Wednesday, June 03, 2009

It is, It was, It holds, It held

No stranger to making statements to police, Mine Host is able to rattle off a statement verbatim, without any need for said statement to be moulded into format by the officer taking the statement.

The police officer taking the statement has only to type fast enough to keep up. This rarely happens. Despite now being able to type, modern police are no faster than the pre-historic police who typed two-fingered.

Recently when making a statement, Mine Host was forced to make more than the usual amount of corrections to his statement.

Mine Host at first did not grasp the problem:
The Constable did not understand the difference between past and present tense. The statement was about an event that happened a considerable time ago, in a business no longer operating, in a premises since demolished.

Thus the statement must be in past tense.

The officer persistently typed the statement in present tense. Mine Host told the Constable that being as today nothing is the same as it was at the time of the event, the statement must be in "past tense".

.....Blank look.....

Oh no! The Constable doesn't even know what "tense" means.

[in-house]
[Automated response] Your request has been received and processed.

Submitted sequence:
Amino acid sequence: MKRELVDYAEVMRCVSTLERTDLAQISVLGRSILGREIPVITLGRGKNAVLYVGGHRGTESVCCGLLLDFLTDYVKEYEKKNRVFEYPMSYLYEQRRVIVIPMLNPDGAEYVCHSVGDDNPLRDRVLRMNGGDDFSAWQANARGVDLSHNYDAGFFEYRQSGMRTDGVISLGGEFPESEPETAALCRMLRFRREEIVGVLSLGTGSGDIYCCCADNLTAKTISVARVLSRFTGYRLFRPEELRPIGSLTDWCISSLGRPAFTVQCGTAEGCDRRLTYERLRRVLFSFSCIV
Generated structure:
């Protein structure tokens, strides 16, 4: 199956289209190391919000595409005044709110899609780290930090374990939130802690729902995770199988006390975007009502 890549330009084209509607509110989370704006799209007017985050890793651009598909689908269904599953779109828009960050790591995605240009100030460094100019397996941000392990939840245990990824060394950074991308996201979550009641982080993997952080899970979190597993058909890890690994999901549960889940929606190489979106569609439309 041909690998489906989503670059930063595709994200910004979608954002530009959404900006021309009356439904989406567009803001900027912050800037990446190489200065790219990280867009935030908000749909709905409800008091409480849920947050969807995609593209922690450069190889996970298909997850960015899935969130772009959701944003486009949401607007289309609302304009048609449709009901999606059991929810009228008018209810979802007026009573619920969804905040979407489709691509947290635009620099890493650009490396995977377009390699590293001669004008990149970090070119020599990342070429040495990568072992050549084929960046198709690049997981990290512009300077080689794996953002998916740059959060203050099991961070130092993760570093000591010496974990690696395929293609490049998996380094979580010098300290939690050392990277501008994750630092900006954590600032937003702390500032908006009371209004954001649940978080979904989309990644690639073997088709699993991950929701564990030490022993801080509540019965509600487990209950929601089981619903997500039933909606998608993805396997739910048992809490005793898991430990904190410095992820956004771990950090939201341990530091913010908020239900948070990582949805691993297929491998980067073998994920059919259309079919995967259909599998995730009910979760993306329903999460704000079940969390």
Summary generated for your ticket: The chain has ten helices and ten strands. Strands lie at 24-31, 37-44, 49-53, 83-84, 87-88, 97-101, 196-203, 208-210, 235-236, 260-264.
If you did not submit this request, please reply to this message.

Mine Host gingerly went through the statement correcting tense.

The Constable's spelling was unreliable unless the word was phonetic, reverting in several instances to asking Mine Host to spell the words he was dictating.

One of the qualifications required to be sworn in as an officer in the Queensland Police is to have obtained a university degree.

Mine Host is tending to believe this to be a "claytons" degree, and not one requiring proficiency in the English language.

Yet Mine Host is expected to believe that this person, with such pitiful grasp of their native language, is able to grasp the law.

(Mine Host does not believe that Constables have much of a grasp of the law, or even much grasp of what their job is supposed to be, experience has taught him this)

1 comment:

Boy on a bike said...

The first time I gave a statement, I got so frustrated at the lousy computer skills of the copper doing the typing that I politely moved them aside and wrote it up myself.

It was a work of art. And it only took 10 minutes, rather than 2 hours.

If you can type, it is worth a try.